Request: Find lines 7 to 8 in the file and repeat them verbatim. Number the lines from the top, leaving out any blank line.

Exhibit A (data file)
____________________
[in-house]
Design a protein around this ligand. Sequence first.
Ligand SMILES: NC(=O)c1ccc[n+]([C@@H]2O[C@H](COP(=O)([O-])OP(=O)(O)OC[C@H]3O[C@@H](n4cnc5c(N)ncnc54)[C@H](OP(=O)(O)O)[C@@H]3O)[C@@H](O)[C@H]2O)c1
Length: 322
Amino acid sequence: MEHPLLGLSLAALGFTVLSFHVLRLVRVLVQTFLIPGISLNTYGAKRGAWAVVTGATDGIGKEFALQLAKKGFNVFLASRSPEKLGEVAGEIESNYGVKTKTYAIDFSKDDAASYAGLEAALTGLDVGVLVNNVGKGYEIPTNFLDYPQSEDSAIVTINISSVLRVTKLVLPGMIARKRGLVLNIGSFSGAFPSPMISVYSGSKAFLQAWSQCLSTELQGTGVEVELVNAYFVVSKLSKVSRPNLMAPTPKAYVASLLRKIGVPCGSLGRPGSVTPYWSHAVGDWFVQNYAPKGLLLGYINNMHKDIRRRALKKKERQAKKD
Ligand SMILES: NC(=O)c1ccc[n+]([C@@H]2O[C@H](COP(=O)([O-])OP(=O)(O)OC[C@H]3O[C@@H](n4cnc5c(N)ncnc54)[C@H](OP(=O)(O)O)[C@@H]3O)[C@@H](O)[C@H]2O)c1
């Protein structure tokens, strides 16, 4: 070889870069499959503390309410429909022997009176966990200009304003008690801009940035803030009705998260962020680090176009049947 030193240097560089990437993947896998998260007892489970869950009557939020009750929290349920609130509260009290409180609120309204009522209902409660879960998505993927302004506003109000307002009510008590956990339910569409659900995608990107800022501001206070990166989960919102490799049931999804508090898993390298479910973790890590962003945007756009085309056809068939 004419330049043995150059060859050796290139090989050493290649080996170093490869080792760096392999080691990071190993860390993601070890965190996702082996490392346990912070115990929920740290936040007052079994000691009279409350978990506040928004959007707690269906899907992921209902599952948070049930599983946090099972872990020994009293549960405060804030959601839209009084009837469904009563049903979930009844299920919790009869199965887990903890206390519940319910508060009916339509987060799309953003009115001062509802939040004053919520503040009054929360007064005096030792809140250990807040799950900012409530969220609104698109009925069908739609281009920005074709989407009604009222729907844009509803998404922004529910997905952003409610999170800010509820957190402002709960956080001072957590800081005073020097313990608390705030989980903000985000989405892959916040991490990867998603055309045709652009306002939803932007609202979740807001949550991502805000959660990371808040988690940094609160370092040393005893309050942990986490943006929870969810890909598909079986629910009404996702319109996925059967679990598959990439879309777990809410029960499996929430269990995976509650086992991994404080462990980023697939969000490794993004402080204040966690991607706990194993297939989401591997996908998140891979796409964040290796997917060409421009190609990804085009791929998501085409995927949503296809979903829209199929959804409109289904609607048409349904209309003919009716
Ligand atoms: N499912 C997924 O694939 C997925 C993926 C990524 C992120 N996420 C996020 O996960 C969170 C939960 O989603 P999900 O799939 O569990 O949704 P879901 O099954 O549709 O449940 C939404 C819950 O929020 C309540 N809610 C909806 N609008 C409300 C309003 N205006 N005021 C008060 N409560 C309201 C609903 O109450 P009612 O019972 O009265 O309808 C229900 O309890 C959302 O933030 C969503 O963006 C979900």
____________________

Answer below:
């Protein structure tokens, strides 16, 4: 070889870069499959503390309410429909022997009176966990200009304003008690801009940035803030009705998260962020680090176009049947 030193240097560089990437993947896998998260007892489970869950009557939020009750929290349920609130509260009290409180609120309204009522209902409660879960998505993927302004506003109000307002009510008590956990339910569409659900995608990107800022501001206070990166989960919102490799049931999804508090898993390298479910973790890590962003945007756009085309056809068939 004419330049043995150059060859050796290139090989050493290649080996170093490869080792760096392999080691990071190993860390993601070890965190996702082996490392346990912070115990929920740290936040007052079994000691009279409350978990506040928004959007707690269906899907992921209902599952948070049930599983946090099972872990020994009293549960405060804030959601839209009084009837469904009563049903979930009844299920919790009869199965887990903890206390519940319910508060009916339509987060799309953003009115001062509802939040004053919520503040009054929360007064005096030792809140250990807040799950900012409530969220609104698109009925069908739609281009920005074709989407009604009222729907844009509803998404922004529910997905952003409610999170800010509820957190402002709960956080001072957590800081005073020097313990608390705030989980903000985000989405892959916040991490990867998603055309045709652009306002939803932007609202979740807001949550991502805000959660990371808040988690940094609160370092040393005893309050942990986490943006929870969810890909598909079986629910009404996702319109996925059967679990598959990439879309777990809410029960499996929430269990995976509650086992991994404080462990980023697939969000490794993004402080204040966690991607706990194993297939989401591997996908998140891979796409964040290796997917060409421009190609990804085009791929998501085409995927949503296809979903829209199929959804409109289904609607048409349904209309003919009716
Ligand atoms: N499912 C997924 O694939 C997925 C993926 C990524 C992120 N996420 C996020 O996960 C969170 C939960 O989603 P999900 O799939 O569990 O949704 P879901 O099954 O549709 O449940 C939404 C819950 O929020 C309540 N809610 C909806 N609008 C409300 C309003 N205006 N005021 C008060 N409560 C309201 C609903 O109450 P009612 O019972 O009265 O309808 C229900 O309890 C959302 O933030 C969503 O963006 C979900």